Wednesday, March 12, 2014

Webster County schools look to start boys soccer program

by Matt Hughes
J-E News Editor
“We’re going to have boys soccer at Webster County High School  next school year,” Interim Superintendent Pete Galloway told supporters of the movement to create the new sports program in Webster County.
It was a bold statement from Galloway, but, at least vocally, he had the support of the school board.
“Athletics is a piece of the academic puzzle,” said board member Mickey Dunbar. “If we commit to improving our academics, we need to commit to improving athletics. It will create new opportunity for our students.”
The measure was not up for vote on Monday, but it was on the agenda to be discussed. A group of parents, represented by Allison McCormick, approached the board in the fall with a request to launch the new program for next school year. At that time the board offered guidance on how to proceed, and told Webster County High School Athletic Director Matt Bell to look into it.
Galloway presented his recommendation to the board, suggesting that the district adopt not only boys soccer, but also co-ed archery as official school sponsored sports. The catch being that to create two new teams, the board will have to find the funding to hire at least two additional coaches.
“When I got here I spoke with Matt Bell and he suggested the gender equity committee felt that at this point we needed to adjust salaries of existing athletic coaches rather than spreading the salaries thinner by hiring two new coaches,” said Galloway. “We talked about where WC coaching salaries match up with surrounding district salaries. It was an embarrassment. If we are going to be  in the top 20% of districts  in the state academically, we are going to expect to have those same standards athletically.”
Galloway’s proposal included a $6,000 - 7,000 increase next school year to hire the new coaches and to provide the existing staff with much needed raises. But that budget is pending on a two percent increase proposed in the Governor’s new state budget.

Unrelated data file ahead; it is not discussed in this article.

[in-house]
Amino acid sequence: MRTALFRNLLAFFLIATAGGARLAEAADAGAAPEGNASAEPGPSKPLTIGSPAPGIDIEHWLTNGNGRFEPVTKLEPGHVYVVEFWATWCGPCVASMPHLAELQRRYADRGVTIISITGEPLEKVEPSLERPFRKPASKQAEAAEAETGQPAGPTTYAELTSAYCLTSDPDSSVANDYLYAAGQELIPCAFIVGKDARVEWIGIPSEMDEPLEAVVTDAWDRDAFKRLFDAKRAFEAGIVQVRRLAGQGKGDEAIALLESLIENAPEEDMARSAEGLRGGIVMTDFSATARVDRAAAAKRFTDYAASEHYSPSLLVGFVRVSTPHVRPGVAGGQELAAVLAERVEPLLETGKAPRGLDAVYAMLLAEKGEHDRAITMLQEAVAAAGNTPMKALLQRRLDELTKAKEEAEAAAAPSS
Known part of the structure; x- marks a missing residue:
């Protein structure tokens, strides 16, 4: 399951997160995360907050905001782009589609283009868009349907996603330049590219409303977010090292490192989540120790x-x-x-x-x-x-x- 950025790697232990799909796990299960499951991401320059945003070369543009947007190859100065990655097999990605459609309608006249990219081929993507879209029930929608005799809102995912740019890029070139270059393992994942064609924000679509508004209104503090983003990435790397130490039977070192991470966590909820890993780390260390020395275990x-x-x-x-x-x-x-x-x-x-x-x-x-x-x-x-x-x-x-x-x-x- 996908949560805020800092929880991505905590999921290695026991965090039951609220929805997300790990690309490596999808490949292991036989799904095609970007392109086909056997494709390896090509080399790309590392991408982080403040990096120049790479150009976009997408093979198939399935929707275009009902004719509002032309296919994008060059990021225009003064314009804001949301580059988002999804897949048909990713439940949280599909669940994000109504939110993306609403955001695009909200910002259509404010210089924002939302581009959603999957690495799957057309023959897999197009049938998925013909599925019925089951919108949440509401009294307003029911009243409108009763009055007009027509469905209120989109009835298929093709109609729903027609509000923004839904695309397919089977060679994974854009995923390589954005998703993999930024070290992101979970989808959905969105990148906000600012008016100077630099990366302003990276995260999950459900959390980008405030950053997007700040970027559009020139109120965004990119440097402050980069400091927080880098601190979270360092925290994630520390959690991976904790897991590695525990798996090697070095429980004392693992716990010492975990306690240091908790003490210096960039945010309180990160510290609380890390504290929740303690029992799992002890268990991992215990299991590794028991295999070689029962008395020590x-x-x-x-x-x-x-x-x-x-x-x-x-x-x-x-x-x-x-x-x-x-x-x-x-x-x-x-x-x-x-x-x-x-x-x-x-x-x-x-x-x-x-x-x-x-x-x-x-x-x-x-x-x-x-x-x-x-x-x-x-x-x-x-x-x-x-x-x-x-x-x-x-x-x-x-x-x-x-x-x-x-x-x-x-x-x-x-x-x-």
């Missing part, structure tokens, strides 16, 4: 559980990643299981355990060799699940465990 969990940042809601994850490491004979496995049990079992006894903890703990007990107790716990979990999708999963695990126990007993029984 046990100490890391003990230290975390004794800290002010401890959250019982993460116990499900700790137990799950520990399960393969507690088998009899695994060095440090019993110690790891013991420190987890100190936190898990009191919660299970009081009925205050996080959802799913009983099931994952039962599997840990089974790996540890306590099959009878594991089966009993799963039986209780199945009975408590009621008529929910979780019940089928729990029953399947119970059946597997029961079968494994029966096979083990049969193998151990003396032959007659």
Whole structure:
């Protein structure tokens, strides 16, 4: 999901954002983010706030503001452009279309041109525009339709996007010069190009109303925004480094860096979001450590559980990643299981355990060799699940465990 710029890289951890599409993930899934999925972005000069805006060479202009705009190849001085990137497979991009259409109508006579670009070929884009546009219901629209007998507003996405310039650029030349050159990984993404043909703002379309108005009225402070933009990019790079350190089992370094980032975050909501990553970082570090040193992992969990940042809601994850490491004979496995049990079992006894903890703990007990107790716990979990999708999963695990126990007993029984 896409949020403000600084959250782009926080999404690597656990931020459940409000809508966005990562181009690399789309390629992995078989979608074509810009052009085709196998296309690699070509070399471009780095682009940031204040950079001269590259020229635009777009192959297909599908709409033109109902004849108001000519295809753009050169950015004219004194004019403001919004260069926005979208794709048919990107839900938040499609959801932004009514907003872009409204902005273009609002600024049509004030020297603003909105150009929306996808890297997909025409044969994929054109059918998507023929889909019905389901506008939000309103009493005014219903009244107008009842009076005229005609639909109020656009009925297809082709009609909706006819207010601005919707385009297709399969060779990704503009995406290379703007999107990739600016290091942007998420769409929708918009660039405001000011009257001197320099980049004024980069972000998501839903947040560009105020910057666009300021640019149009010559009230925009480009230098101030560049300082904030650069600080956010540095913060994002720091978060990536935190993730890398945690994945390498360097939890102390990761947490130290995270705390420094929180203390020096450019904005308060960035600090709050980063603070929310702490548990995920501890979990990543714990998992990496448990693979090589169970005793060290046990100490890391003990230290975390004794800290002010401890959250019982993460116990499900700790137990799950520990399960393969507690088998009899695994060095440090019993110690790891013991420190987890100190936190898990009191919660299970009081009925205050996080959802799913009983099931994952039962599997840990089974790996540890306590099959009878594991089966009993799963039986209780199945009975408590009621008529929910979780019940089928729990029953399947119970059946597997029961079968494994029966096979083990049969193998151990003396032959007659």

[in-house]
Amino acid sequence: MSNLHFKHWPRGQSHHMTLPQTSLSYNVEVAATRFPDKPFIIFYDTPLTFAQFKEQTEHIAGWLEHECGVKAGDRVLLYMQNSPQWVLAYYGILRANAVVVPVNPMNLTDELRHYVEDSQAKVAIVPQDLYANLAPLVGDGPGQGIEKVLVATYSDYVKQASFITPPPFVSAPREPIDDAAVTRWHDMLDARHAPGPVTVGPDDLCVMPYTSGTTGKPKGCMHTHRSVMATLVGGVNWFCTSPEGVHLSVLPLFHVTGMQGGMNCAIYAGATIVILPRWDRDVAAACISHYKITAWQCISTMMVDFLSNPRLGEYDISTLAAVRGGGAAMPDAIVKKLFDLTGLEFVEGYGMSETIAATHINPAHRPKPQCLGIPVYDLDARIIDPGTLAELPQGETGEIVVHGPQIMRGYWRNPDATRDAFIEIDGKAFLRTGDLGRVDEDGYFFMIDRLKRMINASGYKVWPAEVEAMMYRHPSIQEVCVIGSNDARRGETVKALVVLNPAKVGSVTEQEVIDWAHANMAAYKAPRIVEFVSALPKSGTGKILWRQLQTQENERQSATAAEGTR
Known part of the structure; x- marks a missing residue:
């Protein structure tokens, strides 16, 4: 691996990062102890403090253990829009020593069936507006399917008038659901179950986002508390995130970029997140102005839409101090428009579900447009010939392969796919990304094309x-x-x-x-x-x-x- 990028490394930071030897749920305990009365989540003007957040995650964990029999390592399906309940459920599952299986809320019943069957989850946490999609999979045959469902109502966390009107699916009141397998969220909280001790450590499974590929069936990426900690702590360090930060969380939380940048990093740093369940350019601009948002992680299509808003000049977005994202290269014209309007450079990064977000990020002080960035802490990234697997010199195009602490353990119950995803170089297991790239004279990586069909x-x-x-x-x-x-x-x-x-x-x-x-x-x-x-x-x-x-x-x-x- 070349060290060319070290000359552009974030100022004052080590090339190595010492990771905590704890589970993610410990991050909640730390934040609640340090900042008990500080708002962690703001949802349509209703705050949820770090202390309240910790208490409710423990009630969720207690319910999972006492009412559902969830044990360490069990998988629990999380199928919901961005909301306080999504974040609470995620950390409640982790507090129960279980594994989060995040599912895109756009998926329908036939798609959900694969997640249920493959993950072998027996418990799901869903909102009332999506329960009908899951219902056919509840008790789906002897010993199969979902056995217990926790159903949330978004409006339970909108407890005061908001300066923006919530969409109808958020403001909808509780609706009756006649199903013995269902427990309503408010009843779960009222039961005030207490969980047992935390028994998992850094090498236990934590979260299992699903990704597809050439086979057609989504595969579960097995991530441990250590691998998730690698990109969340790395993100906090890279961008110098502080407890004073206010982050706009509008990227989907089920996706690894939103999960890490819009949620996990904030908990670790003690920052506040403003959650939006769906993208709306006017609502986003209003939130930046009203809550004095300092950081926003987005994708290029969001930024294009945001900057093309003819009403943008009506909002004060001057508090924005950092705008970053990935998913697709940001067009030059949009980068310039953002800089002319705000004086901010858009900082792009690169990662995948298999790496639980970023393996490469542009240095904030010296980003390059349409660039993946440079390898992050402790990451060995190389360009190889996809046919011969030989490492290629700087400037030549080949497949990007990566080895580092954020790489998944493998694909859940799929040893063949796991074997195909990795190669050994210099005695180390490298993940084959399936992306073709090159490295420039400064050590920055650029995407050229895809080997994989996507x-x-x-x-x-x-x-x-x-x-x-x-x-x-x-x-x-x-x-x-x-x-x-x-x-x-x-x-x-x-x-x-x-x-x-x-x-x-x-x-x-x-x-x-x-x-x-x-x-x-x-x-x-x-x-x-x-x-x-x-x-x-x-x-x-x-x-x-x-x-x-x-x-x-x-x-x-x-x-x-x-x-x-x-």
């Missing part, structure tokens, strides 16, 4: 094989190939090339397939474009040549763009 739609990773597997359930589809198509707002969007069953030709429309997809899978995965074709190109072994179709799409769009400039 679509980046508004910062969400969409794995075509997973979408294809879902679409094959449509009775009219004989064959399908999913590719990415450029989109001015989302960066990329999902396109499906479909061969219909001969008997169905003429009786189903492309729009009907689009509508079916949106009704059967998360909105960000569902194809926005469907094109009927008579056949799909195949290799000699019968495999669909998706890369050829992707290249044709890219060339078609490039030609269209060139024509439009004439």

“I am volunteering to coach boys soccer free of charge to get this going until a coach can be found,” said Troy Grant, the coach of the webster County girls’ soccer team.
“Please don’t let money table this issue,” pleaded Matt Pratt, an assistant with the girl’s team and commissioner of the Webster County youth soccer league.
Allison McCormick asked superintendent Galloway if the next step was to take the proposal to the to high school site based committee, but he told her that this wasn’t a site based decision.
At this point it is unclear whether there will be enough interest to have both a varsity and JV squad, that will depend on how interest meetings the rest of this school year go. The hope of everyone involved is that the addition of the boy’s program will allow the district to hold onto students that have otherwise transferred to schools that had a boy’s soccer program.
“Henderson County has boasted that they have five of our boys on their soccer team,” McCormick told the board. “Maybe this will help us convince them to come back.”
In other business, the school board voted to increase meal prices for the 2014-2015 school year. Breakfast will be going from $1.40 to 1.50, while lunch will increase from $1.90 to $2.00.
Earlier this year Food Service Director Shane Bosaw spoke with the board about the need to increase prices. Currently the Food and Drug Administration (FDA) reimburses food services $2.65 for every child on the free lunch program. The FDA is requiring schools to begin raising meal prices to match the reimbursement price if they want to continue to receive federal funds.
The board also voted on Monday night to hire Kem, Duguid & Associates from Hopkinsville to be their new auditor, cutting ties with long time district auditor Mike Overby.
Galloway pointed out that this was in no way a negative mark towards Overby.
“The KSBA recommends that school boards change auditors every four or five years just to get a fresh look,” he said. 

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